Good Night, Fran
We will never see the likes of her again.
She was an Akron original, as unique and as immediately recognizable as the Goodyear blimp. The pronounced limp, the trademark bib overalls, the mop of shocking white hair, the big, hearty laugh, the many eccentricities -- all hid the fact that a giant walked in our midst.
And now, Frances Burke Murphey, an Akron Beacon Journal writer for 55 years, is no more. Miss Murphey died at 3:30 a.m. yesterday at age 75, after a short battle with liver cancer. A memorial service will be held at 3 p.m. Friday at Boston Heights Village Hall, 45 E. Boston Mills Road.
A piece of Akron history has died with Miss Murphey.
"The heart of the Beacon Journal stopped beating yesterday," said Mickey Porter, editor of Porter's People.
Miss Murphey never won a Pulitzer Prize, never worked for the New York Times and never covered a war in some far-off land.
But she had something they can't teach you in journalism school. She had a passionate heart. And a love for people and this community that never dimmed.
"Fran had a heart as large as all outdoors," said her friend Margaret Dietz.
It was this stout heart, this love for Akron, that made her a beloved figure here.
"Fran always wanted to do for the little people," said Helen Yocum, another friend. "I always felt like maybe she was an underdog at some point in her life. She was very aware of the underdog."
In her Good Afternoon and Good Morning columns, Miss Murphey wrote about retirements, weddings, college reunions, outings, anniversaries -- all the things that make up a life. Her homespun columns were a mirror in which the community saw its own reflection.
But the gentle, desultory tone of the columns belied the fierce intelligence, the vise-like memory that made her more than a journalist. It made her a fount of knowledge about the Akron area and its history. A drive around town with Miss Murphey was never a simple car ride, it was an education.
It wasn't just culture and history that were her forte. Miss Murphey also knew every place in Ohio that served a fried bologna sandwich. Or rice pudding without raisins.
"Fran could never drive down a street straight," said Polly Paffilas, a longtime Beacon Journal writer. "If you went with her for ice cream, she'd make a five-mile detour, pointing out things."
Five decades after they both started at the Beacon Journal, Paffilas still recalls her first look at the imposing Miss Murphey:
"I looked up and there was this tall woman, wearing bib overalls and a plaid shirt. She had beautiful black hair and brown eyes. I don't believe I saluted her. But she scared me to death. . . . It was the beginning of a beautiful friendship."
Newspapering, Miss Murphey often said, was in her blood.
Her mother, Marie L. (Thompson) Murphey, was a correspondent with the Akron Times Press, which merged with the Beacon Journal in 1938. While in junior high, Fran would accompany her mother to political meetings. On election nights, mother and daughter would tally the results by flashlight to get them into the paper the next day.
Miss Murphey, a graduate of Hudson High School and Kent State University, was born in a house in Macedonia on Dec. 24, 1922. As many of her columns showed, a sense of place, of home, was very important to her writing.
In a 1993 column, she described an idyllic childhood: "We grew up on 138 acres spanning Hudson and Macedonia townships. This was a place with pawpaw and walnut trees, 'pinkie' mushrooms, bushes that yielded blackberries with bramble scratches and old-fashioned gooseberries that scratched our throats."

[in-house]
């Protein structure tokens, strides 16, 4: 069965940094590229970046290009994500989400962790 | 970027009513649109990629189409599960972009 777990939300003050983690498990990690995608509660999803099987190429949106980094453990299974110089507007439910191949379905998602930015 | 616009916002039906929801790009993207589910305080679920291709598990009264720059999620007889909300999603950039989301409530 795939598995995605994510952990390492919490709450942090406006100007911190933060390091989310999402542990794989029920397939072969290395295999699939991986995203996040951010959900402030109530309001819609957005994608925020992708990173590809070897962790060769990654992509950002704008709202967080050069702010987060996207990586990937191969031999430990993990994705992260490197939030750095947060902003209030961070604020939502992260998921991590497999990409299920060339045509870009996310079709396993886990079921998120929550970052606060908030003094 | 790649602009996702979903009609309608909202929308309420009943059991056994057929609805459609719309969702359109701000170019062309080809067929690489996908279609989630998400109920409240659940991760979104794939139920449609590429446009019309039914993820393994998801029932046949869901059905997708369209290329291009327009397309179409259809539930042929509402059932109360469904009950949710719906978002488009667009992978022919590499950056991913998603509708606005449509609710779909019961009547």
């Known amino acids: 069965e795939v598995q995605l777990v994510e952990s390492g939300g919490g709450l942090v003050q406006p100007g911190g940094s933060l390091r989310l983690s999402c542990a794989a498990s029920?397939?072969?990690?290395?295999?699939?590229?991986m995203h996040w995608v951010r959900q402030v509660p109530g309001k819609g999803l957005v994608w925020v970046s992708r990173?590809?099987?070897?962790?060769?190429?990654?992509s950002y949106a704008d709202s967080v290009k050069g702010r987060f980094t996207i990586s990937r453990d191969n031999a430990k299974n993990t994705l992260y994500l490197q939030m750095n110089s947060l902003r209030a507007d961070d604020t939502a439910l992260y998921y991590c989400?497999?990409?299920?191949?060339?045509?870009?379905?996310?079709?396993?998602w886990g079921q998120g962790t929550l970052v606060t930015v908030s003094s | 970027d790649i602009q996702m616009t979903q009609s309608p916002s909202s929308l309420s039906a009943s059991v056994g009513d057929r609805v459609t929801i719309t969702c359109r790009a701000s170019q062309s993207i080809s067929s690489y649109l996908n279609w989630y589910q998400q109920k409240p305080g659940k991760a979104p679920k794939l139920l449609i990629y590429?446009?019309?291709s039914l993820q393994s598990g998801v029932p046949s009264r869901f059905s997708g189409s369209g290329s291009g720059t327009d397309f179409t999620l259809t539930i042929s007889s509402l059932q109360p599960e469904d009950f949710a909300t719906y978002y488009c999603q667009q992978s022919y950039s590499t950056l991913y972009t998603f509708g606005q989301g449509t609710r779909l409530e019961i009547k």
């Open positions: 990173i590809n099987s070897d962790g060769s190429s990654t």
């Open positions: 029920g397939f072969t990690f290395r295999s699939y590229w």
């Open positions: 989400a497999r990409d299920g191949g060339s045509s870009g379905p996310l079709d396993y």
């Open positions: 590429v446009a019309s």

Miss Murphey is survived by four nephews and three nieces, Arland Rininger of Sharon Township, Dean Rininger of Copley Township, Sheldon Rininger of Akron, Barbara Joy Godar of Akron, Larry Rininger of Copley Township, Cherie Dachtler of Akron and Marie Fogle of Hartville.
For all her gregariousness, the most recognizable woman in Akron was essentially a private person.
"Fran had a lot of friends. But she never had close friends," Yocum said. "She spread herself very thin. She'd never admit she had a problem. I never saw her cry."
Paffilas did see Miss Murphey cry on occasion. But she, too, said: "She was running away from something. I've never figured out what it was. I don't know if anyone really knew her. Murphey collected people. All these people she picked up, maybe they filled a void."
One result of spreading herself so thin was that Miss Murphey was always running late. Always. If she was invited to a dinner party, her friends knew it was all right to eat without her. She never seemed to mind.
To call Miss Murphey a workaholic doesn't do the word justice.
"The Beacon Journal was the most important thing to her," Yocum said. "It was her husband, child, everything."
She sacrificed her home life to her job. This was a woman who never married, who never owned a color television or a microwave, who for years lived in an old farmhouse in Boston Heights without indoor plumbing or heat. She would routinely fall asleep on a couch in a restroom at the Beacon Journal after pulling an all-nighter.
Art Cullison, who as an assistant state editor supervised Miss Murphey for several years in the 1960s, recalls frequently coming to work at 5:30 a.m. to a note from Miss Murphey asking him to bang on the restroom door to wake her up.
"She was solid gold," said Dale Allen, the Beacon Journal's former editor. "She set the tone around the office in terms of integrity, getting things right. And she was just a rock in the community. She defined the Beacon Journal for a couple of generations of readers."
Betsy Lammerding, assistant features editor, agrees.